This is a challenging book with a bold thesis which fully deserves the widespread attention it has provoked since its publication. In it Beck not only sets out a philosophically informed sociological theory of contemporary Western societies but also provides a framework within which environmental politics can be understood, explained and developed. While firm in criticising those who claim Western societies are "postmodern", Beck also offers an immanent critique of modernity's failed promises. What Beck claims is that contemporary society is at the cusp of a transition between "industrial society" and "risk society".... To conclude, "risk society" could be viewed as the "morning after" the industrial night(mare) before, with "reflexive modernization" as the "hair of the dog", a necessary but not sufficient condition for dealing with risk. A sobering analysis indeed!
Thoroughly attuned to complexity in ecopolitical affairs... dissatisfied with the state of these affairs... ponder[s] the problematic relationship between science and politics... offer[s] insight into how to move beyond an unsatisfactory status quo in the search for ecological rationality or sustainability.... sensitive to the ecological hazards of modernity... Risk Society appeared in German in 1986, and its substantial impact in German social science looks set to be repeated in the English-speaking world. To Beck, the contemporary crisis is not of modernity but within modernity. The question is... how to make the best of modernity; as Beck puts it, to move from the semi-modernity of industrial to modernity proper
Risk Society is incredibly thought-provoking and has quickly established itself as one of the most significant works of contemporary social analysis. A book of enormous breadth, it raises several issues of critical importance in contemporary society.... there are many memorable phrases and passages throughout the book which lead colour to the disturbing subject matter
Provocative. Beck's discussion of the politics of risk societies is particularly insightful, and contributes to a more complete and critical understanding of advanced modern societies
Ulrich Beck's remarkable book Risk Society gives one cause to think again about whether a new model might not be becoming available for thinking about our times, in not an unhopeful spirit. Beck's book, published in Germany in 1986 and successful enough there to have sold more than 60,000 copies and turned its author into a regular columinst... Risk Society displays a real sociological imagination
Beck's book, in the tradition of German critical theory, provides a panoramic and abstract overview of contemporary society as dominated by technical risk... The greatest strengths of Risk Society are its rich theorizing and its global, often original, insights into the nature of contemporary social forces. Beck explains that society fights the `devil of hunger' with the `Beelzebub of multiplying risks'. He also claims that, in industrial society, the driving force is `I am hungry' whereas in risk society it is `I am afraid'. Such gripping conceptualisations are the mark of a distinguished essaysist, as Beck is. He astutely observes that we have succeeded in being skeptical about the methods of science but not about the application of science. Likewise Beck says that in the risk society we have replaced the politics of voting with faith in progress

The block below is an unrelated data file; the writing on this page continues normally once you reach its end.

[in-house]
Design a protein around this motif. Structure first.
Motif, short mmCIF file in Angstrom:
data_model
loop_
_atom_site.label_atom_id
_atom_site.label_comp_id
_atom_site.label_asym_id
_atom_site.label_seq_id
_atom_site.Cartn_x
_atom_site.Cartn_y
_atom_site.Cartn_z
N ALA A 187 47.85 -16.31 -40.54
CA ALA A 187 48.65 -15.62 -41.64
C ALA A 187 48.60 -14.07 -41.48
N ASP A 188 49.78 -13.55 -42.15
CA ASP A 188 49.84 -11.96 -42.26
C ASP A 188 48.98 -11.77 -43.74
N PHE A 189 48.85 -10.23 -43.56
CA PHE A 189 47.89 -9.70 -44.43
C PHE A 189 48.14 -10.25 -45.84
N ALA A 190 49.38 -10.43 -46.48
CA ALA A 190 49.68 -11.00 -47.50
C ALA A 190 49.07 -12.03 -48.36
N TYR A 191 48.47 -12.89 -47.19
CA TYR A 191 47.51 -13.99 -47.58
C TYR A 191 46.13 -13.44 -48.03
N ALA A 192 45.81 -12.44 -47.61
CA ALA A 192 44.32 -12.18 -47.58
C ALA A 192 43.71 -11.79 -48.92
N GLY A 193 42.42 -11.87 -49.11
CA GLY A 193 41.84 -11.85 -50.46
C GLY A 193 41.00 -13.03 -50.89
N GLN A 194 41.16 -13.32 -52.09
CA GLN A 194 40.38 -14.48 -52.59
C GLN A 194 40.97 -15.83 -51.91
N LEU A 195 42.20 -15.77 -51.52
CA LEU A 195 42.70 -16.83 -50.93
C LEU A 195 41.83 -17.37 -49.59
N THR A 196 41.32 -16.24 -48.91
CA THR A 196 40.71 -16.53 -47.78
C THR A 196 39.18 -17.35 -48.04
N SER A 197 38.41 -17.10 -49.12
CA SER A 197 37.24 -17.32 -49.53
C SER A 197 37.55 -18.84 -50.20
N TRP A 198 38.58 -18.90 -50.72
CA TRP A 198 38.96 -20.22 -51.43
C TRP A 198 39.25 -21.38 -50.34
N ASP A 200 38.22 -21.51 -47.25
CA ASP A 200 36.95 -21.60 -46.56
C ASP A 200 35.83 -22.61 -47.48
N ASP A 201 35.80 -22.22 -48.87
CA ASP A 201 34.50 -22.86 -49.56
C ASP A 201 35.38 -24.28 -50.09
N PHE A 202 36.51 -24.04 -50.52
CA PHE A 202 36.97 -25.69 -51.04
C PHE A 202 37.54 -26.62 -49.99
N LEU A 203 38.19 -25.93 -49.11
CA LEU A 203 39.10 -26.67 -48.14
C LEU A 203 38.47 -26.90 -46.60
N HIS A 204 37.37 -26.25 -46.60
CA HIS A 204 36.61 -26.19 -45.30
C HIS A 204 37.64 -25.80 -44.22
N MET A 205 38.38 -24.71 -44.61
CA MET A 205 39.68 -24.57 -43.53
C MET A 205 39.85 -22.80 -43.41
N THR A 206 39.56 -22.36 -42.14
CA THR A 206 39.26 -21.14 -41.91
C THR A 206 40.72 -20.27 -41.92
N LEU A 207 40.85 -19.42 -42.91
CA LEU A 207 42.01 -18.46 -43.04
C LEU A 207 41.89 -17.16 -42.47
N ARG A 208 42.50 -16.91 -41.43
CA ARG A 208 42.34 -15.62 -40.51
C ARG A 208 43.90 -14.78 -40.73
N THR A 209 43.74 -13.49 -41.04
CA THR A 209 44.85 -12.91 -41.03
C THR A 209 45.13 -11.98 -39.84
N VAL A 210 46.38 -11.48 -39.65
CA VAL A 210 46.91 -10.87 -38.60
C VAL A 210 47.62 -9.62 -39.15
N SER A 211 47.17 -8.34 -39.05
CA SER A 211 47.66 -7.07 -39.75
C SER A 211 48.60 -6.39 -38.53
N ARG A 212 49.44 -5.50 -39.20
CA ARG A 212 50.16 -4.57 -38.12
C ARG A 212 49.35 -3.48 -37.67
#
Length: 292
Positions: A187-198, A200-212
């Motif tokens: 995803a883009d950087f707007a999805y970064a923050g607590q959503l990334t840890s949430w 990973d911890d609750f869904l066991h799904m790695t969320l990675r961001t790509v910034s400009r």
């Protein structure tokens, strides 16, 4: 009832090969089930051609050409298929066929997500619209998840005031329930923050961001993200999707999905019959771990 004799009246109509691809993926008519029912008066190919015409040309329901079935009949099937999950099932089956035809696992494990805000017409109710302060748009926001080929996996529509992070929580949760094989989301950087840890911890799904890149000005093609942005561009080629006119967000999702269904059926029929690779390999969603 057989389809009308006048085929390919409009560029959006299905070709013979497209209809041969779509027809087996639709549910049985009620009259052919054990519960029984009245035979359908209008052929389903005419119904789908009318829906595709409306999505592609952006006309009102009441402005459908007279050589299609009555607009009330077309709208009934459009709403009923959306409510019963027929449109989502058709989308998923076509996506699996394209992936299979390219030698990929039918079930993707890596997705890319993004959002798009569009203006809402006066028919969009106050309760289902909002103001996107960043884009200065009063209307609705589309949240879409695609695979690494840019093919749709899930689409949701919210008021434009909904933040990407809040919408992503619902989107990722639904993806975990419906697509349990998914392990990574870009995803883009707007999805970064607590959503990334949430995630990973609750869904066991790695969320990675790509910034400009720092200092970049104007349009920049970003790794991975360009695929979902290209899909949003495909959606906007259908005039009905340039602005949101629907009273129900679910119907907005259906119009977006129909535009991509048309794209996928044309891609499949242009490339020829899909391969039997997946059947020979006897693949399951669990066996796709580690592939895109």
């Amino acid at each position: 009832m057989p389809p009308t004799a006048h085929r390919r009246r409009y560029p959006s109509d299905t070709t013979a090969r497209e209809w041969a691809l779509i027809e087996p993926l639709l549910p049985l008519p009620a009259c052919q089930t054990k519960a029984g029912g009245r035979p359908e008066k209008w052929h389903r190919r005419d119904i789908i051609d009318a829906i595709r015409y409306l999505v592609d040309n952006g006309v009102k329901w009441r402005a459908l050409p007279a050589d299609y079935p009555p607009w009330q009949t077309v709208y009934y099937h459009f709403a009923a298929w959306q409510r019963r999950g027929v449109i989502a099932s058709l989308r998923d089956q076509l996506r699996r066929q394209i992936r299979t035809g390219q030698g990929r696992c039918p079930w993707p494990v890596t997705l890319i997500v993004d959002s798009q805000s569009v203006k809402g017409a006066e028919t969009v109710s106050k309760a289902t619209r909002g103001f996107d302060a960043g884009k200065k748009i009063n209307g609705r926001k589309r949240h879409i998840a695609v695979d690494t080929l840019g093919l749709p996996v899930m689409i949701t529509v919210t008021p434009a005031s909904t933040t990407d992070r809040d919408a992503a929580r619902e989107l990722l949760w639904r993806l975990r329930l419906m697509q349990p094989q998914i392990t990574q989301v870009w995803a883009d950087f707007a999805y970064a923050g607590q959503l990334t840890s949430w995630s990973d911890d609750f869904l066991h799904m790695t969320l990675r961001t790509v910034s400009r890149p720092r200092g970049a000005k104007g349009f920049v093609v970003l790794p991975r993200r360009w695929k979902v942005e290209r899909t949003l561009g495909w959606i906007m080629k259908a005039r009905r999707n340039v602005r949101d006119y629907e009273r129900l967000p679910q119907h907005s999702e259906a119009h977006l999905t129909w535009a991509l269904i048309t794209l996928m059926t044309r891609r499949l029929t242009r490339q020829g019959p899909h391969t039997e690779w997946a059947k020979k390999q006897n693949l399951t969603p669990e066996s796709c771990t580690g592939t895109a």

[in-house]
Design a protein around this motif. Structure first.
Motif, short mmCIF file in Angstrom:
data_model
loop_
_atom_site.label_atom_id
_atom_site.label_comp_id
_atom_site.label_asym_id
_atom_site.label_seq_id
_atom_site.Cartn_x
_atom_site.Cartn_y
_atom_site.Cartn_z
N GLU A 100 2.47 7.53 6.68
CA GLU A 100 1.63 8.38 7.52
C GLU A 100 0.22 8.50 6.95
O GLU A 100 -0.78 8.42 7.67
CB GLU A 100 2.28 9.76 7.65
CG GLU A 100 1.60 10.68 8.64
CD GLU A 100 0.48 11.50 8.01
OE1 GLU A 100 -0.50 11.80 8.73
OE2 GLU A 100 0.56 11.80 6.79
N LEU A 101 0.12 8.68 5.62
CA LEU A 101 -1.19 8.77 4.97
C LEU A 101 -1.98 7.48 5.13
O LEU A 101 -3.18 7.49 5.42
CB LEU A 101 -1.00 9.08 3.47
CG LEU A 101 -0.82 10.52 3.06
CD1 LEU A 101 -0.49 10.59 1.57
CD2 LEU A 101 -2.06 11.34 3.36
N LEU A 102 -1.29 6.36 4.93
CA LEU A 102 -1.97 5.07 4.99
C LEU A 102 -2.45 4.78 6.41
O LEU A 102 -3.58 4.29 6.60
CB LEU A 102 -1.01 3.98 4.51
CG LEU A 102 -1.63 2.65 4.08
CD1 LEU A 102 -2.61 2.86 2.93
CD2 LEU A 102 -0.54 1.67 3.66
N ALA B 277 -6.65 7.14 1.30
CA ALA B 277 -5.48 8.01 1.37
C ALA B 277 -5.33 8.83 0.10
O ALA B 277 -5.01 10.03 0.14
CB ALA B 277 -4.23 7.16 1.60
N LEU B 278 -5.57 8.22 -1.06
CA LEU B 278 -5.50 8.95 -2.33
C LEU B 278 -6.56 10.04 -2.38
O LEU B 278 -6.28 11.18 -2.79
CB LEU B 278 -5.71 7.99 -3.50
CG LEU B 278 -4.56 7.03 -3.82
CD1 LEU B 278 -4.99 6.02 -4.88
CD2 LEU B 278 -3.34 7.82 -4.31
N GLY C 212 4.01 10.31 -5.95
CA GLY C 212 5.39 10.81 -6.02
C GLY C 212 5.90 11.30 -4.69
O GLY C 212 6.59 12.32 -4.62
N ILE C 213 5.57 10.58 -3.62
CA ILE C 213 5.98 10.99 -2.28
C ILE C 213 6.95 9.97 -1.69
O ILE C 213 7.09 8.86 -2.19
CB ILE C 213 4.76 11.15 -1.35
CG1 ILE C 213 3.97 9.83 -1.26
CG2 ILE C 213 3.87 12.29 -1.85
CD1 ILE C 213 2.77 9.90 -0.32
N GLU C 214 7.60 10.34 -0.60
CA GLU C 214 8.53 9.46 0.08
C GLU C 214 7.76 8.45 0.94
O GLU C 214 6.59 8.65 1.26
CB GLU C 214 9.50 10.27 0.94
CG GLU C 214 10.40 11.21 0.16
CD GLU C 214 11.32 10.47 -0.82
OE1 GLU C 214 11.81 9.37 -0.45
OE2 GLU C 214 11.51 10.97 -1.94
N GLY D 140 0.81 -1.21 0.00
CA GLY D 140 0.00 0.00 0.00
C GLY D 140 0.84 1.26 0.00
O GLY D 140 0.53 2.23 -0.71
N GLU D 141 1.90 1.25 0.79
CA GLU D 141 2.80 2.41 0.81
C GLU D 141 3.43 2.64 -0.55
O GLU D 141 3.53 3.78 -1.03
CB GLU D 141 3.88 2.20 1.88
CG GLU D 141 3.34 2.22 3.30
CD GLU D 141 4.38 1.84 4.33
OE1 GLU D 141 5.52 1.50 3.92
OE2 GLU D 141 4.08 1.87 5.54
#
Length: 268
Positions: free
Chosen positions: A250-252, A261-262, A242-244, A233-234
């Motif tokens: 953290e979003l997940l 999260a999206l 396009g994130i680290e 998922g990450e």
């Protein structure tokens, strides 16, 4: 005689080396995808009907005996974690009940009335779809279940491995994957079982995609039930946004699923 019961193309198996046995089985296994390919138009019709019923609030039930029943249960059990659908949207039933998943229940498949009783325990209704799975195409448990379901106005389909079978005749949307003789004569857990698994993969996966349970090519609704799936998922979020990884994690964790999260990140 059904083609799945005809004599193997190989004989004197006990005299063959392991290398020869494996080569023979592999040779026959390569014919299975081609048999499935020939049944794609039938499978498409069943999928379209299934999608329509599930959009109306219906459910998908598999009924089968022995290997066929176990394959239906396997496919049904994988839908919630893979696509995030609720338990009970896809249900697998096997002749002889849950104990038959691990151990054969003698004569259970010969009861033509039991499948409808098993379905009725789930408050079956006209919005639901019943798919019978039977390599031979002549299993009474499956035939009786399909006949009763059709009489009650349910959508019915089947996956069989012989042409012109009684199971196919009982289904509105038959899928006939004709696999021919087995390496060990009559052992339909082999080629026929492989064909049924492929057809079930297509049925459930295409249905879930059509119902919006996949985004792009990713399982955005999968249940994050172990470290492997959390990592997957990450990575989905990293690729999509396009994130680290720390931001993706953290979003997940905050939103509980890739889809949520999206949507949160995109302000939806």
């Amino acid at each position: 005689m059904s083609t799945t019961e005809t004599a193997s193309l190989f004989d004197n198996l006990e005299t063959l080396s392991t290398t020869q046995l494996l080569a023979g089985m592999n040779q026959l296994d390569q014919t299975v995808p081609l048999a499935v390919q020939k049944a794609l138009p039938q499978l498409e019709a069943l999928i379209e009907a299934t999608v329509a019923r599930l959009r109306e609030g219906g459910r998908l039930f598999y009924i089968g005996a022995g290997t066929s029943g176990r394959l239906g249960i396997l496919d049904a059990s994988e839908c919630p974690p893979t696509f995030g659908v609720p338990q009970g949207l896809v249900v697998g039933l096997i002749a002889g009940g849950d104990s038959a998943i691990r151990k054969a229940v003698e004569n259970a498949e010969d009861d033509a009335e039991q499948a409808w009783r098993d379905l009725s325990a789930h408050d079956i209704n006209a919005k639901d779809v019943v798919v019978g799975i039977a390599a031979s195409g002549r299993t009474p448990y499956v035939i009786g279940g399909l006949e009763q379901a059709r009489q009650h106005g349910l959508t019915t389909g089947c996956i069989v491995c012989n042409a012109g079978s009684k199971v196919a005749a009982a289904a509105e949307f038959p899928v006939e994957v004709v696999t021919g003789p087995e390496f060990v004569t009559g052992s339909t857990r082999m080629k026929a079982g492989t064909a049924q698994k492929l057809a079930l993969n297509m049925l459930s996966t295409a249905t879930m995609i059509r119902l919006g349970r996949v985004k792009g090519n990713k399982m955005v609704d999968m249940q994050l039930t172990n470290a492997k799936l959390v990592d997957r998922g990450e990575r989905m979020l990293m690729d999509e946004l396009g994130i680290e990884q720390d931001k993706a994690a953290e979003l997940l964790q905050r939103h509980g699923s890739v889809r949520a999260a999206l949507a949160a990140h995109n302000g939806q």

Beck puts forward an intriguing argument: global endangerment is replacing class society and its alliances as an organizing principle. Whereas in earlier class-based societies only the proletariat was victimized, in the emerging worldwide risk society all groups - even the rich - are threatened...He makes the important point that risk and class positions overlap on a national and an international scale...Risk Society is a bold and imaginative treatise...vivid passages and sparkling metaphors...scholars, graduate students and patient general readers concerned with risk, social theory, or global social change will find reading it well worth their effort...(the) book addresses the cultural and moral dimensions of risk perception with compelling arguments. (It) also makes clear that social theory cannot truly explain contemporary society without carefully accounting for the roles played by science, technology, and cultural construcitons of risk
This is a book of central political and social importance; it is vital that it triggers off and animates public discussion in this country as it did in Germany. After all, the greatest of risks our risk-infested society carries is the indifference to the risk aspects of our individual, sectional and global actions
Times Higher Education Supplement
This analysis of the condition of Western societies made a 'big splash' when it was first published in German... The English translation will most probably help this important text of contemporary sociology to find its place among other typifications of society as postindustrial or postmodern... Here is a book which is very relevant to current debates about the social dimensions of the so-called 'post-modern society
Text: English (translation)
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Original Language: German
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